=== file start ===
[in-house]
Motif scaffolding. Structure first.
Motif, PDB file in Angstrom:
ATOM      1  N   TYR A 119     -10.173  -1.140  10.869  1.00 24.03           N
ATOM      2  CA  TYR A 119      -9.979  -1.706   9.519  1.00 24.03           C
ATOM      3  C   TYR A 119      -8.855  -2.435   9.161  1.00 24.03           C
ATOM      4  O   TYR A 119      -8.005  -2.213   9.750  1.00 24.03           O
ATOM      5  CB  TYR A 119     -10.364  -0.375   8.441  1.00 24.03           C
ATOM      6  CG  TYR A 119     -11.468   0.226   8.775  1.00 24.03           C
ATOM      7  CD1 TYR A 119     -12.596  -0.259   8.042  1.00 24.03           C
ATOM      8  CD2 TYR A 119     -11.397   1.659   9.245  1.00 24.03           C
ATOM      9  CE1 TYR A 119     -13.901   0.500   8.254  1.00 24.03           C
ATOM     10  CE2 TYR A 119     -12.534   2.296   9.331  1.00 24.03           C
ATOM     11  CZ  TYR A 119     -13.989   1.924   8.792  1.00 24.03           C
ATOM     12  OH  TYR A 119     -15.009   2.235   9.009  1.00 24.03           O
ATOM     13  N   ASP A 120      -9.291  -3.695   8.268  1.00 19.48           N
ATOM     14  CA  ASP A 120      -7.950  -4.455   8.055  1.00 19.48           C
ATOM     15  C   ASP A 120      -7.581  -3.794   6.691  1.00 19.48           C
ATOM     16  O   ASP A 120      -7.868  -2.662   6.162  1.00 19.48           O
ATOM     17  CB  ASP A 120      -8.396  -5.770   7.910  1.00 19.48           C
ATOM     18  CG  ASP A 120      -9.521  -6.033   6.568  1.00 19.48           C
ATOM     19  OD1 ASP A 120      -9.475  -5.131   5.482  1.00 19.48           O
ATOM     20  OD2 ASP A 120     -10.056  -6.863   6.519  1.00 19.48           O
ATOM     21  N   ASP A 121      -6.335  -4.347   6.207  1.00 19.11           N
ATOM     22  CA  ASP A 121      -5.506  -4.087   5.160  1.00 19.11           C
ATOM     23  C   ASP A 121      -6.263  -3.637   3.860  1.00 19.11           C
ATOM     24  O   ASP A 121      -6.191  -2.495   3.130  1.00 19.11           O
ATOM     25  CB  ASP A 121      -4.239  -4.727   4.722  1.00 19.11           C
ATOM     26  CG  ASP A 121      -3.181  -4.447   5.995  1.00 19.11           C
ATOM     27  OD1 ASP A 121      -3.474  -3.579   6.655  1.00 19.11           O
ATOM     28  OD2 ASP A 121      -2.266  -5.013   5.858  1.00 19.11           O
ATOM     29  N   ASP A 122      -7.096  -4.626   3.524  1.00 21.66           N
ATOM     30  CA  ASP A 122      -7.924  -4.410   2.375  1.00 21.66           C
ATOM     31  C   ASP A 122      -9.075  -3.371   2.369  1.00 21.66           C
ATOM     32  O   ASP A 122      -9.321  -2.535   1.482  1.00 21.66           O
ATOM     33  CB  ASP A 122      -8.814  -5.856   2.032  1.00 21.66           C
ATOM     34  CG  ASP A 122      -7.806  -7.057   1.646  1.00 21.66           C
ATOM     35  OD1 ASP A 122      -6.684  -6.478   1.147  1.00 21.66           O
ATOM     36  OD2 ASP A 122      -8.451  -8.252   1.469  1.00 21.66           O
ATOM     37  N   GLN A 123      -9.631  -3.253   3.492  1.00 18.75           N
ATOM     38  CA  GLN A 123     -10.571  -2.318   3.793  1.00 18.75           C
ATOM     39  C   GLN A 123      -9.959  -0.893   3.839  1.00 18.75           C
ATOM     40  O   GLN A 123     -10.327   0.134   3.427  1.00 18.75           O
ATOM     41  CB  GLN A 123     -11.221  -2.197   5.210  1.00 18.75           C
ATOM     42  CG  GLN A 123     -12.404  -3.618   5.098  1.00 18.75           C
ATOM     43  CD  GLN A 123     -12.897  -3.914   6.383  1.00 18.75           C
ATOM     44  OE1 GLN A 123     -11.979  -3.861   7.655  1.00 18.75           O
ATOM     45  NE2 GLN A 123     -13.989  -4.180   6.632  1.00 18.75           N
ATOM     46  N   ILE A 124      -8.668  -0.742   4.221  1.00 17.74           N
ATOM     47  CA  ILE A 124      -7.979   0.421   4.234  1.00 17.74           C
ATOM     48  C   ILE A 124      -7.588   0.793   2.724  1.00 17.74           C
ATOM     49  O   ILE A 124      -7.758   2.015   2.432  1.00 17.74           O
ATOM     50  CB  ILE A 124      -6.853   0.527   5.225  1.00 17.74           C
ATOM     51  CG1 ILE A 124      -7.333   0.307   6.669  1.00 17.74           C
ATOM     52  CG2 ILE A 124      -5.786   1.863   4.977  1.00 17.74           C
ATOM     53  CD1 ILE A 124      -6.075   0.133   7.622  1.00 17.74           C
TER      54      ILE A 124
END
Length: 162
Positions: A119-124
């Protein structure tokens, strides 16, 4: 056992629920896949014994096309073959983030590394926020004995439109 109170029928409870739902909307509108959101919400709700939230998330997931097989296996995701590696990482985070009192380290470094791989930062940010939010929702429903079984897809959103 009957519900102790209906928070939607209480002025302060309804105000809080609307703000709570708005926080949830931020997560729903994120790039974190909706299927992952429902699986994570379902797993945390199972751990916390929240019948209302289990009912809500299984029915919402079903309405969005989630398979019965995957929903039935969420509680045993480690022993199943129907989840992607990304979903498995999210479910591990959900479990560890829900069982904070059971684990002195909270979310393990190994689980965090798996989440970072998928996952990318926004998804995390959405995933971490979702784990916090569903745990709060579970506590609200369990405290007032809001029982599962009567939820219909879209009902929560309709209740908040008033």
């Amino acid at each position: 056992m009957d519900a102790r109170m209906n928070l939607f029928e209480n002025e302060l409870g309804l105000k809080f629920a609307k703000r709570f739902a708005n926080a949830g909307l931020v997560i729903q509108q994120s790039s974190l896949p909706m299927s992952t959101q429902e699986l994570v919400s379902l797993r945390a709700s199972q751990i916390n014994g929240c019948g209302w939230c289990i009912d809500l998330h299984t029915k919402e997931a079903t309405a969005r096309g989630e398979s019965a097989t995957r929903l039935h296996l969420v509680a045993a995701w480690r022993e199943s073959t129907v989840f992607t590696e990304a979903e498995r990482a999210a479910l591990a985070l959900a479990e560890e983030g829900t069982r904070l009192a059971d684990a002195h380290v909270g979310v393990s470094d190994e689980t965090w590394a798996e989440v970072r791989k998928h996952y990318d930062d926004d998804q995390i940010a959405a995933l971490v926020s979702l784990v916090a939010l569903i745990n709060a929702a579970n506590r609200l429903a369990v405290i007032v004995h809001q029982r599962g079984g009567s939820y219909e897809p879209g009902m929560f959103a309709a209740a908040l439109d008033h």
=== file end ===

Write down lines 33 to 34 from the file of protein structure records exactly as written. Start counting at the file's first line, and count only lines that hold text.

ATOM     30  CA  ASP A 122      -7.924  -4.410   2.375  1.00 21.66           C
ATOM     31  C   ASP A 122      -9.075  -3.371   2.369  1.00 21.66           C